You know the voice. It’s the sensuous, hot-buttered tenor oozing through such hits as “Put That Woman First,” “Finding My Way Back” and “Fabulous.” It’s also the sizzling, seductive charmer pushing temptation on such additional fan faves as “Anything,” “Ain’t Leavin’ Without You” and “Age Ain’t a Factor.”
Now that singular voice is back as Jaheim heats up the airwaves once again–this time with the aching ballad “Back in My Arms.” The track doubles as the lead single from the three-time Grammy Award nominee’s new album, Struggle Love. Jaheim’s seventh studio album, due this fall, is also the first under the recently minted association between the singer/songwriter’s Julie’s Dream Music Group and Primary Wave BMG Label Services.
“It’s a serious, serious ballad; one of those songs where you don’t want to give up on love,” says Jaheim of his latest single. “Because there’s still fire at the end of the tunnel.”
The same can be said of Jaheim. As Struggle Love proves, he’s lost none of the spark that first stoked attention in 2001 with debut album Ghetto Love. Written and produced by Jaheim, Struggle Love embraces all of life’s ups and downs from falling in and out of love to just plain surviving. “We are all going through a struggle right now,” the singer explains. “Losing jobs, respect, love … It’s time to pull it all together.”
The album’s conceptual theme is revealed in the title track, which the singer describes as “up-tempo with a Jaheim feel. It’s about looking back at where you came from and telling yourself you wouldn’t mind going back there for a minute.”
Then there’s the spiritual mid-tempo “Speak Up,” that touches on domestic violence and constitutional rights. A simple yet powerful read on being able to speak your mind, one key verse succinctly points out, “a closed mouth will never get fed.” Born and raised in the hard-knock projects of New Brunswick, New Jersey, Jaheim Hoagland began singing his mind at five years old. He came by his vocal talent naturally: Jaheim’s grandfather was Victor Hoagland, a member of legendary ‘60s group the Drifters.
“I’d be singing Luther Vandross songs at the top of my lungs on the way to school daycare,” recalls the artist. “His voice was the one thing that made me sit still and say, ‘Ahh, that feels good.’”
Before reaching 17, however, Jaheim was buffeted by two major, life-altering events. His father died following a biking accident when the fledgling singer was just two years old. Then his mother–a huge fan of Whitney Houston, another Jaheim influence–lost her battle with cancer when he was 16. By then he was competing in high school and local talent shows (including three wins at Harlem’s famed Apollo Theater) while also discovering a penchant for juvenile delinquency. “Trouble always seemed to find me,” Jaheim remembers.
Singing the Sam Cooke classic “A Change Is Gonna Come” at his mother’s funeral service became a prophetic moment for Jaheim. “After doing her service,” he reflects, “I realized I could perform in front of anybody.” The Apollo gigs evolved into performances at Nick Ashford and Valerie Simpson’s popular Sugar Bar as well as other New York City venues. Four years after his mother’s death, a tape of Jaheim’s work made it into the hands of Naughty By Nature DJ Kay Gee. He signed the newcomer to his Warner Bros.-distributed label Divine Mill Records in 2000.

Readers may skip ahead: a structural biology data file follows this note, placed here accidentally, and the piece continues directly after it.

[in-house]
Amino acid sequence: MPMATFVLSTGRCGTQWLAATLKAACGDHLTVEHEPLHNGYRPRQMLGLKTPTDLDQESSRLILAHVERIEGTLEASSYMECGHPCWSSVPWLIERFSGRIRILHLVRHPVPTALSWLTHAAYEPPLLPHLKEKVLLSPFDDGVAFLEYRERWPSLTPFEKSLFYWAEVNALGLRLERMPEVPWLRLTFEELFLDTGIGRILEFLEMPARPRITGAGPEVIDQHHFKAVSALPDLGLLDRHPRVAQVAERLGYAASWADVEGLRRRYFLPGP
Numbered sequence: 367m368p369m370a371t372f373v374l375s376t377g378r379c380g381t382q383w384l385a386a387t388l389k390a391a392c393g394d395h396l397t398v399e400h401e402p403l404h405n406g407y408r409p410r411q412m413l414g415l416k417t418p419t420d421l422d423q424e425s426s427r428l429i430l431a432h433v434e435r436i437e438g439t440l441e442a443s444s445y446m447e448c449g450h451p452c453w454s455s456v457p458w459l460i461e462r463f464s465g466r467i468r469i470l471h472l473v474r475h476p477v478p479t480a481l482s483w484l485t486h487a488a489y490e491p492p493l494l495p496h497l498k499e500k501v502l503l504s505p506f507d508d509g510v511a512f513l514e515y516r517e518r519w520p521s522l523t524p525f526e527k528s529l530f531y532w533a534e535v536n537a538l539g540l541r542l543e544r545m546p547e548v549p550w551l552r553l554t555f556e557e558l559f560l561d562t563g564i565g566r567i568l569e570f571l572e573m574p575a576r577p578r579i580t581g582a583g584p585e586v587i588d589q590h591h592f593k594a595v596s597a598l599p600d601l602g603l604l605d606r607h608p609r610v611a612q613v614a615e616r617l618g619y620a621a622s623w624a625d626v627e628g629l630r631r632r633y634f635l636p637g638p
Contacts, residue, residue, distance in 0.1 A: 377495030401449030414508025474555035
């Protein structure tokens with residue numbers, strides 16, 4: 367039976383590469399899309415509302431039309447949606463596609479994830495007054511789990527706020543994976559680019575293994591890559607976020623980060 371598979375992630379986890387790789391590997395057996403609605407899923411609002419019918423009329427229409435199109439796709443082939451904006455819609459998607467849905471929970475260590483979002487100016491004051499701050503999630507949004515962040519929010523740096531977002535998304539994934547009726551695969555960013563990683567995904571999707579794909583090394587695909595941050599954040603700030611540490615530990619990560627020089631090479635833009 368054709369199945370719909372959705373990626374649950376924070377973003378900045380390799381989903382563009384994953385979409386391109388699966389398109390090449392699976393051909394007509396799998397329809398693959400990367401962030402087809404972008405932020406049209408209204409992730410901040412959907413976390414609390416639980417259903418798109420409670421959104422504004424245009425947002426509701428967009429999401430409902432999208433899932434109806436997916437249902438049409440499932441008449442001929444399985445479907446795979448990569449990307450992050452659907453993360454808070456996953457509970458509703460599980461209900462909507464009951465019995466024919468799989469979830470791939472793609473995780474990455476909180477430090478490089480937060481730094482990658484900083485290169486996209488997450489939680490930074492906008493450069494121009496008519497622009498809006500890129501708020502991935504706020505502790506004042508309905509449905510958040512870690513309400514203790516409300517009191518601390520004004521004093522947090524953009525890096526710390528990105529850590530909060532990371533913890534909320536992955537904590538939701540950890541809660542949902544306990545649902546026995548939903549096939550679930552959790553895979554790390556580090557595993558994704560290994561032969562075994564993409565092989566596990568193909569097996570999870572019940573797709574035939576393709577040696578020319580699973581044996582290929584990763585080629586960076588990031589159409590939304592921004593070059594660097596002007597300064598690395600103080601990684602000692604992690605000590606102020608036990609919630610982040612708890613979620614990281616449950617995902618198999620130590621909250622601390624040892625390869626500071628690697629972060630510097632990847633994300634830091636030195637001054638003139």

The platinum selling debut album Ghetto Love arrived a year later, followed in 2002 by Still Ghetto, his second platinum album. The sophomore set also yielded the platinum single “Put That Woman First” as well as the top 40 tracks “Fabulous” and “Anything.” Third project Ghetto Classics in 2006 gave Jaheim his first No. 1 on the Billboard 200. Rounding out his subsequent catalog are three more albums: The Makings of a Man (2007), Another Round (2010, featuring “Ain’t Leavin’ Without You”) and Appreciation Day (2014). The latter notched No. 6 on the Billboard 200 and No. 3 on both Top R&B/Hip-Hop Albums and R&B Albums, thanks to the single “Age Ain’t a Factor.”
Drawing early comparisons to such crooning idols as Vandross and Teddy Pendergrass (“We later became good friends”), Jaheim was nominated for three Grammys in 2011: best R&B album, best male R&B performance and best R&B song. That same year, his standout vocals graced Ledisi’s top 25 R&B hit “Stay Together.”
In 2002, Jaheim launched Julie’s Dream Music. Named after his mother, the label was reinstated in 2014 with a growing roster that includes Chicago rapper Nixta and Brooklyn rapper Anthony Foust. It’s all part and parcel of Jaheim’s ongoing love affair with music.
“I’m still learning about me,” says Jaheim, who now calls Hillsborough, NJ home. “But there’s one thing I do know. Just hearing a beat, hearing all the different instruments still excites me. For me, singing is expressing your love for the creative … a message that only people’s spirits and souls can relate to.”